Upon graduating from high school, Danae Elon spent two years in compulsory military service as a non-commissioned officer to the United Nation forces in the area. At age 21, Elon left Israel to study at NYU’s Tisch School of the Arts. She has directed “Never Again, Forever,” “Wild Mint,” “Another Road Home” and “Partly Private.” In 2009, Elon was the recipient of the prestigious Guggenheim Fellowship in Film. (Press materials)
“P.S. Jerusalem” will premiere at the 2015 Toronto International Film Festival on September 14.
W&H: Please give us your description of the film playing.
DE: “P.S. Jerusalem” is the story of my family’s return to the city in which I grew up: Jerusalem. Over the course of four years, I filmed my children and my partner by asking them questions and simply witnessing the way in which they react to the contested reality surrounding the [answers]. It’s through the eyes of family and children, bringing forward a personal point of view [so] that the audience experiences a deep and moving portrait of a place and its people.
W&H: What drew you to this story?
DE: I am drawn to address complex social and political subjects by staying close to my own world and examining how [the people in it] react and evolve as human beings in a complex setting such as Jerusalem. I wanted to draw a portrait of a place without falling in to the stereotypes so often associated with the Middle East and Jerusalem in particular.
Most of all, I wanted to express what it felt like to be so torn about the place one comes from and wants to call home. I wanted to bring my family back to the place in which I grew up. Once the decision was made, I started filming my four-year-old son, who was quite articulate for his age and asking all sorts of interesting questions. Experiencing the city through his fresh and untainted feelings was what compelled me to focus on him and his younger brother, as well as my Jewish Algerian partner, Philip Touitou, who collaborated with me on my last film, “Partly Private,” and whom I deeply enjoy filming for his sincerity and emotions.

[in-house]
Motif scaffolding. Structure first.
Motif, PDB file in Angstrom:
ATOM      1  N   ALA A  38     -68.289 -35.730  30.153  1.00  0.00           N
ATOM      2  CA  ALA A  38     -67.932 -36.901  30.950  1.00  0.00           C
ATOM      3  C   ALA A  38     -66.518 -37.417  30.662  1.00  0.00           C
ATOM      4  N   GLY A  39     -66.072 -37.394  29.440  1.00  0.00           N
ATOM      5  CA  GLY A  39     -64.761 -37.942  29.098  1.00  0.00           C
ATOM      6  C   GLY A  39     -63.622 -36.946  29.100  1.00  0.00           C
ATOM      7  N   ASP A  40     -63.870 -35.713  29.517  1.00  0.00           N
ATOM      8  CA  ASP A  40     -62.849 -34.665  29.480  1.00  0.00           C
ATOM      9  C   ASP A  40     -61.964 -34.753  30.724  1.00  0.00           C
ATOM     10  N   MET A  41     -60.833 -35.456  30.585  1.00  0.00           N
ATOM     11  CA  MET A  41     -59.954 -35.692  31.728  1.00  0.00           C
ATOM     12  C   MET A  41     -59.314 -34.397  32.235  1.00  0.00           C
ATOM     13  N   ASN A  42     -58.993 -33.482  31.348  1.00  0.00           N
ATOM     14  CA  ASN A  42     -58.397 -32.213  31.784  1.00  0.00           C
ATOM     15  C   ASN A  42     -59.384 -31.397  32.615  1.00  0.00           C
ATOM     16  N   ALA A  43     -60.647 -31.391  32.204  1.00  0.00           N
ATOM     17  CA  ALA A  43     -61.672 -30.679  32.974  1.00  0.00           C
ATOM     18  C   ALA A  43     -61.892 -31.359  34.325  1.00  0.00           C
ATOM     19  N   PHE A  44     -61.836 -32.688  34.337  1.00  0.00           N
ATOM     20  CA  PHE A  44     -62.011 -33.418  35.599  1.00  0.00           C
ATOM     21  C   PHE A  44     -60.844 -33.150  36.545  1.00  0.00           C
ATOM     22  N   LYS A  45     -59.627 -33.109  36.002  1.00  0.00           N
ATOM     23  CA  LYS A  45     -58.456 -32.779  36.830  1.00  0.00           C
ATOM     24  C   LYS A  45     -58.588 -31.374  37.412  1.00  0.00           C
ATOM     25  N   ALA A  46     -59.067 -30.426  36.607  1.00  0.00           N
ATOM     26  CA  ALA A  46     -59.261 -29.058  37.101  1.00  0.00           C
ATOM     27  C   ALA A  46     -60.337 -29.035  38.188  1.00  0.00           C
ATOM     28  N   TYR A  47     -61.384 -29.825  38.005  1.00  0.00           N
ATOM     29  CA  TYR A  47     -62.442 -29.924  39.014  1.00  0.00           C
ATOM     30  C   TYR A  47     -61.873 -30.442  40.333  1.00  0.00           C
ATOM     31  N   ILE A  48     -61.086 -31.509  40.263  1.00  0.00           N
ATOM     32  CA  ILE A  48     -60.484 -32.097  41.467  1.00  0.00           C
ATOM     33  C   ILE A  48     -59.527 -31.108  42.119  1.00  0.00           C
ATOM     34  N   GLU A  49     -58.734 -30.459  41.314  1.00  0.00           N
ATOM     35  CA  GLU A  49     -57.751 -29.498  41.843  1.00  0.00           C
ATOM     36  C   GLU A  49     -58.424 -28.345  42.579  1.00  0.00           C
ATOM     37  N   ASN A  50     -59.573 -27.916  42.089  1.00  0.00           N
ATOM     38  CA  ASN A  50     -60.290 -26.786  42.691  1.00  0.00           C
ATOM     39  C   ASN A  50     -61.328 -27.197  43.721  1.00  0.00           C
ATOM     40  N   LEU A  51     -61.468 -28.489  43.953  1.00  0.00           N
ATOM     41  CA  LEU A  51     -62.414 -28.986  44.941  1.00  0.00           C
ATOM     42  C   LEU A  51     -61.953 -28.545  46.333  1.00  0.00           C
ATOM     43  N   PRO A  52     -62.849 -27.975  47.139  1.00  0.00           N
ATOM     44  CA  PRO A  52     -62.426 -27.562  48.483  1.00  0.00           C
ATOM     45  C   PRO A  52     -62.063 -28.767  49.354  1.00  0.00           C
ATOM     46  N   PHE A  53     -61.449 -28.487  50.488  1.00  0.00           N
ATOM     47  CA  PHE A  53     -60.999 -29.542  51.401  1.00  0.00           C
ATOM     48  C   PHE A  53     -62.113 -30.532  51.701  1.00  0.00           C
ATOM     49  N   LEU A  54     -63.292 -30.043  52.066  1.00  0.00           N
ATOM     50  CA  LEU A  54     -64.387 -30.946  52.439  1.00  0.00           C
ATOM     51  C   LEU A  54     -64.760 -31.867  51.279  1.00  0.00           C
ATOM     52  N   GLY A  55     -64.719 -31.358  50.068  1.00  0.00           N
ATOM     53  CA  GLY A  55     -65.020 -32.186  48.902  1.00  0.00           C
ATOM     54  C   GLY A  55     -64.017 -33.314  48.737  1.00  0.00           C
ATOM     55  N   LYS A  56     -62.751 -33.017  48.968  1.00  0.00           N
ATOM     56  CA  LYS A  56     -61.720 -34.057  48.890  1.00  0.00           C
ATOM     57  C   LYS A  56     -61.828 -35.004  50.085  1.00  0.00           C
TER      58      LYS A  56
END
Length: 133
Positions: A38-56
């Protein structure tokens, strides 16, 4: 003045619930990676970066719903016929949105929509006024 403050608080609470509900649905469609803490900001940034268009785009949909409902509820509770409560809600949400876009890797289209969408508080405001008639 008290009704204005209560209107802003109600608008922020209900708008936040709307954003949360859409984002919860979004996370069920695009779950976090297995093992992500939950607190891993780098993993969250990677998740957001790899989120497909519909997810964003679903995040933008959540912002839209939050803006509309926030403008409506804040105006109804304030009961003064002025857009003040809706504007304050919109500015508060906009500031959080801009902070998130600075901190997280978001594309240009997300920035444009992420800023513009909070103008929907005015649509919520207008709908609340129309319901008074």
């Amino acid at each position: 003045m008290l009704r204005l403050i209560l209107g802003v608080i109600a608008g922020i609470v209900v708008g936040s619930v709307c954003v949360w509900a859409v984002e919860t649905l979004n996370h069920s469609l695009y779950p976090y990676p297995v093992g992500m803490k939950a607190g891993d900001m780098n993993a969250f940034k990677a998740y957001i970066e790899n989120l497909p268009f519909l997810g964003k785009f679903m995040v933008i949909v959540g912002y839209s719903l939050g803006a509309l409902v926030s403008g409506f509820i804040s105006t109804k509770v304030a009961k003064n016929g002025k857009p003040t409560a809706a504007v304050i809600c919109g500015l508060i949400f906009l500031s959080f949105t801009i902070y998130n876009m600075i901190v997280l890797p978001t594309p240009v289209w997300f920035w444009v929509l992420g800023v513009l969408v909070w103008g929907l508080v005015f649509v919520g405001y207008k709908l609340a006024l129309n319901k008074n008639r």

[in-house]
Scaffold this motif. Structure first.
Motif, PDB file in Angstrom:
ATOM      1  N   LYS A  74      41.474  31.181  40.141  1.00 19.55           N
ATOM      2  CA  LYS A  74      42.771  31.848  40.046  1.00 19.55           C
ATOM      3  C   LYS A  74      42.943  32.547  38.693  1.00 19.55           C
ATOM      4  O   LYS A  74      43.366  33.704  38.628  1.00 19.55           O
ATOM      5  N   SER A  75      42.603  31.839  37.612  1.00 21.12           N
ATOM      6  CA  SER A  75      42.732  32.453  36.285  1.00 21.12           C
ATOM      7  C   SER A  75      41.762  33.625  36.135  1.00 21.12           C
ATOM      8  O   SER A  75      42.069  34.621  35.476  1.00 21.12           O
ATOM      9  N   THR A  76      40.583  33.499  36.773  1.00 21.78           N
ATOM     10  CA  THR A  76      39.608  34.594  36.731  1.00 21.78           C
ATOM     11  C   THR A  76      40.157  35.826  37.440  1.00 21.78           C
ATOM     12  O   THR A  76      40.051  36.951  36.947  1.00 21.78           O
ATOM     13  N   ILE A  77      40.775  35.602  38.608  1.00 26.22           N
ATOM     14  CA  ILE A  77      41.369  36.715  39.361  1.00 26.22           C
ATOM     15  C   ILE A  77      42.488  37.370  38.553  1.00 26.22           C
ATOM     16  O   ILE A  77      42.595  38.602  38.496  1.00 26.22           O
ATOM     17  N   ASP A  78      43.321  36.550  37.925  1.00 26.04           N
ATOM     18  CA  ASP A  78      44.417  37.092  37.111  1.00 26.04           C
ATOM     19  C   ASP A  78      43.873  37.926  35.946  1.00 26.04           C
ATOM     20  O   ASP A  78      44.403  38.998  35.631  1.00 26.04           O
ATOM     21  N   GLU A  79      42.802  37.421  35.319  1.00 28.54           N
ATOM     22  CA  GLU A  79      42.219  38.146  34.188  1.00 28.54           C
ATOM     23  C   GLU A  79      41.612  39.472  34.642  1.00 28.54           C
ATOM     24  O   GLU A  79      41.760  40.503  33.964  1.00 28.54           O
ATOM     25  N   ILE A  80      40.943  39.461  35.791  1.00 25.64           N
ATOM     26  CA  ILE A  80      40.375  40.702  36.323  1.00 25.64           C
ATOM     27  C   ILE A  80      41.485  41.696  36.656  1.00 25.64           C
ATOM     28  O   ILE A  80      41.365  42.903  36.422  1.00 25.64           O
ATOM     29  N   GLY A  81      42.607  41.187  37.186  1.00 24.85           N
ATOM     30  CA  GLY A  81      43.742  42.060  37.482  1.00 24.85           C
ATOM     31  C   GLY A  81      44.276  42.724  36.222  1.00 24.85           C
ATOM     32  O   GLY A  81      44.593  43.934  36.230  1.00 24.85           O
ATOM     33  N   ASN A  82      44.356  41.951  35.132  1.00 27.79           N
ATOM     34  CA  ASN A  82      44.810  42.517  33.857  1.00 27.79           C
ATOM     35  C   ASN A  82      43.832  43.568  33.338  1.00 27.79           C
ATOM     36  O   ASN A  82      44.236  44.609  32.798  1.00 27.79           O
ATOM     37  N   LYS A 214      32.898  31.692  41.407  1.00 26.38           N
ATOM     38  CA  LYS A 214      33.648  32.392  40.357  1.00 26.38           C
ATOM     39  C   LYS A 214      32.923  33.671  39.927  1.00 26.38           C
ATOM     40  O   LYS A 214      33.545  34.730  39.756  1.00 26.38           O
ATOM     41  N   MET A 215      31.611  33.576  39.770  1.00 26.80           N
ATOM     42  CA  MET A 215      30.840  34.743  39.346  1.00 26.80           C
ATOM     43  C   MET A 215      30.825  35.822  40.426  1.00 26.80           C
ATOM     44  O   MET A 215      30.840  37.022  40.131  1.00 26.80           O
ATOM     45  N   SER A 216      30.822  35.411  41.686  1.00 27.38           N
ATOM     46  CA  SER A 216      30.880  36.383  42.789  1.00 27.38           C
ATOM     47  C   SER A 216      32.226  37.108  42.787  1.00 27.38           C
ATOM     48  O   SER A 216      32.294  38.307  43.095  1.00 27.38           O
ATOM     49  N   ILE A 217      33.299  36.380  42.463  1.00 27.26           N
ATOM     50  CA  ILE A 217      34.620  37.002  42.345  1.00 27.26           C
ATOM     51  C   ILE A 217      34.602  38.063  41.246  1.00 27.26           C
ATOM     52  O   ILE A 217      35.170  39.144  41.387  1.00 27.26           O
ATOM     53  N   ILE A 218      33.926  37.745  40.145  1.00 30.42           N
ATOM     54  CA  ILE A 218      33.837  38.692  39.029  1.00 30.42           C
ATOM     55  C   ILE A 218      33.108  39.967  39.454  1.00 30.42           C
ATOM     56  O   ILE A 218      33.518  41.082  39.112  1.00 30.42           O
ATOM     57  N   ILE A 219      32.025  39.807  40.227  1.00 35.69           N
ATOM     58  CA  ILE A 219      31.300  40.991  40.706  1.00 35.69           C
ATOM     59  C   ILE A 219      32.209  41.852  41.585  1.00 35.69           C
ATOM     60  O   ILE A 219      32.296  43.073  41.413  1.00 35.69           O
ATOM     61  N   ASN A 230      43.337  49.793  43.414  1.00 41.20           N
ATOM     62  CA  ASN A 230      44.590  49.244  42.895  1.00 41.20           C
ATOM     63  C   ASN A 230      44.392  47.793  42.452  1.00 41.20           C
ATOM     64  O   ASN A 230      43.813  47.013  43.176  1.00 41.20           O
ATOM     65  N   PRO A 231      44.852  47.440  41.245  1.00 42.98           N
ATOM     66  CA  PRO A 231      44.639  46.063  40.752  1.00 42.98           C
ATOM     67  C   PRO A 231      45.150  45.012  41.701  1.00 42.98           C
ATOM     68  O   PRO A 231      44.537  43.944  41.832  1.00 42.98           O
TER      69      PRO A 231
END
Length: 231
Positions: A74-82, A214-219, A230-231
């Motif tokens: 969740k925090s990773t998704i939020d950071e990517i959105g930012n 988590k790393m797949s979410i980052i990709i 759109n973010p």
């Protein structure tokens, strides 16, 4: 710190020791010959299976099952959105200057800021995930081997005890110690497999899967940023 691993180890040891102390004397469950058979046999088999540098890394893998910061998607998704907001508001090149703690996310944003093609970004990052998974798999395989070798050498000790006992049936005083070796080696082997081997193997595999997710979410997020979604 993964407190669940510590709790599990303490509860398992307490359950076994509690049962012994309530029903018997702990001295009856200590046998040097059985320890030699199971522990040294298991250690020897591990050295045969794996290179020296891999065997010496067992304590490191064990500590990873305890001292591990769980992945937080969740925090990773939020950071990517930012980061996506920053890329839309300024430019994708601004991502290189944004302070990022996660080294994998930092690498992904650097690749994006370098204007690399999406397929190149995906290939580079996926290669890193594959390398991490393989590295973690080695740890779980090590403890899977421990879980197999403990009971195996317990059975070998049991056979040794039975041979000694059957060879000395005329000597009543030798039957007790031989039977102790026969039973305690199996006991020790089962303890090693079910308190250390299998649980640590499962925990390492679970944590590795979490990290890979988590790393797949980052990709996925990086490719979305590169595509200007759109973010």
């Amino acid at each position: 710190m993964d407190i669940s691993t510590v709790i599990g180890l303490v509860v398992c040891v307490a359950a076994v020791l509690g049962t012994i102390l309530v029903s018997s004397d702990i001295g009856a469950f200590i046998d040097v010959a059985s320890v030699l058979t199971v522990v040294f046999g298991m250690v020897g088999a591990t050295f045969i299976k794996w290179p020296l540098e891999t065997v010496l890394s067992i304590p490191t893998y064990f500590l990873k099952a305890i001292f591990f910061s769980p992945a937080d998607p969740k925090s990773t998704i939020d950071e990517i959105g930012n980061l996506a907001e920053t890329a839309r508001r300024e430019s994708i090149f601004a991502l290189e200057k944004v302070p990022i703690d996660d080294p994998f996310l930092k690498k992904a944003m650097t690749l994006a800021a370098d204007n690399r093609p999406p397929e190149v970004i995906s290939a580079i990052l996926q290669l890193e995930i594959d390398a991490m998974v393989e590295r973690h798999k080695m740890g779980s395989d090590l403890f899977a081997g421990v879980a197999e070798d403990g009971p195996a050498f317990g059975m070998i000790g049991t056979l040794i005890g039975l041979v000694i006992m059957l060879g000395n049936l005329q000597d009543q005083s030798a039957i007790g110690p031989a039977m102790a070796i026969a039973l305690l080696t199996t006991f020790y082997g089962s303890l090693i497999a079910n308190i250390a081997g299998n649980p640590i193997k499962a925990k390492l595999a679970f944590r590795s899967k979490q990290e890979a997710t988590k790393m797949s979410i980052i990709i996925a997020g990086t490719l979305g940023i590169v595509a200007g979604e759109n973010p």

W&H: What was the biggest challenge in making the film?
DE: My biggest challenge was to find a way to film an “impossible” city — a city that has been so over-documented and in many ways has its own image, which in my mind is larger than any documentary film can capture. I found that each time I opened my camera and filmed Jerusalem, its image was overtaking what I wanted to express.
Every city has a “filmic” quality to it — that very quality which already has a character associated with it. It was this character that I wanted to avoid, or more accurately, I wanted to make personal. Therefore, I found myself filming mostly “inside,” focusing on my family and their realizations about the place and avoiding any recognizable imagery of the city. The result, I hope, is a very personal testimony to how the outside world affected us.
W&H: What do you want people to think about when they are leaving the theater?
DE: I would like people to feel — not think — when they leave the theater. My film is an emotional experience, not an intellectual one.
W&H: What advice do you have for other female directors?
DE: I feel that we should try and understand how we as women storytellers have often fallen into the mode of telling stories in the ways in which traditionally men would. I often find that my points of view are expressed by male characters — in this personal film, I could not help it, as I have three boys! However, I would like to find a more precise way to not only tell the stories of female characters, but also do so in a female “way.” My biggest advice would be to trust yourself.
W&H: What’s the biggest misconception about you and your work?
DE: That my films are personal. Yes, they are, but only as a means to express a larger story in the most sincere way I know how to do.
W&H: How did you get your film funded? Share some insights into how you got the film made.
DE: My film was pre-sold to Israeli Television. We registered the film as a Canadian production, since all crew beside me were Canadian, based in Quebec. This allowed us to finance the film through Canada’s tax-credit program.
W&H: Name your favorite woman-directed film and why.
DE: “Ben Zaken” by Efrat Corem, which premiered at the 2015 Berlin Film Festival. “Ben Zaken” is a sensitive portrait of the south of Israel and of an environment that is marked by stagnation and lack of resources. I was deeply moved by the director’s dialogue with the place itself — not in relationship to how the more privileged parts of society may view it, but from within.
The characters in the film had their own dialogue with themselves and the culture they came from. So often we try to look at “others” — tell stories in underdeveloped places, judge them and set the drama within them. Corem comes from the city she filmed, and the reality she is expressing is her own. She makes no apologies and does not attempt to seduce any audience beside the one she is representing. I think this takes a lot of courage and integrity — to find your own voice and way to express not only your story, but the reality you are setting it within.